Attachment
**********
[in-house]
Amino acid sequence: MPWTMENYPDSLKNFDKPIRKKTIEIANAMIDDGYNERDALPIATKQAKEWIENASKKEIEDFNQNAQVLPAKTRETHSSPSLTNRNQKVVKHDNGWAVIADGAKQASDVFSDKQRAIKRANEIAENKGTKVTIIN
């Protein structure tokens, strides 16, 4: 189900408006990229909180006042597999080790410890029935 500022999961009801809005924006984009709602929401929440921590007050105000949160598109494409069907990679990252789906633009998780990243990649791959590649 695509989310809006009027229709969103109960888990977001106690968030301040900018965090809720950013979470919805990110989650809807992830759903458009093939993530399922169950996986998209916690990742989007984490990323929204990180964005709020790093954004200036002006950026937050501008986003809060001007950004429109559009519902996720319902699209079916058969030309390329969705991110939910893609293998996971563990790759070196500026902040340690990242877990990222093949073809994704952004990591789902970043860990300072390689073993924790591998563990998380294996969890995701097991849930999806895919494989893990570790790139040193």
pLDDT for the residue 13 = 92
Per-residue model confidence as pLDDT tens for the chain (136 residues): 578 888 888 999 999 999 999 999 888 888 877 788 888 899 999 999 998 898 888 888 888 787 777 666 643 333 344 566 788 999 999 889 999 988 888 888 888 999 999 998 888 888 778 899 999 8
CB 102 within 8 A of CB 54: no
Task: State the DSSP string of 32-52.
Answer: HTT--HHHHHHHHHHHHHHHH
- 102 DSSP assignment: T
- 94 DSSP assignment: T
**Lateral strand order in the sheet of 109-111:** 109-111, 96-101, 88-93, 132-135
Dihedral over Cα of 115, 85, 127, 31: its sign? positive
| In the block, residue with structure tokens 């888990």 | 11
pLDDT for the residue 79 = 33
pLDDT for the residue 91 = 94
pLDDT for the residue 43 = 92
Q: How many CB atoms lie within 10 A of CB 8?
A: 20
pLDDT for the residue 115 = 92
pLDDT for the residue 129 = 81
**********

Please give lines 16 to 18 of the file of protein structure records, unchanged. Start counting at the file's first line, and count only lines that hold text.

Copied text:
pLDDT for the residue 43 = 92
Q: How many CB atoms lie within 10 A of CB 8?
A: 20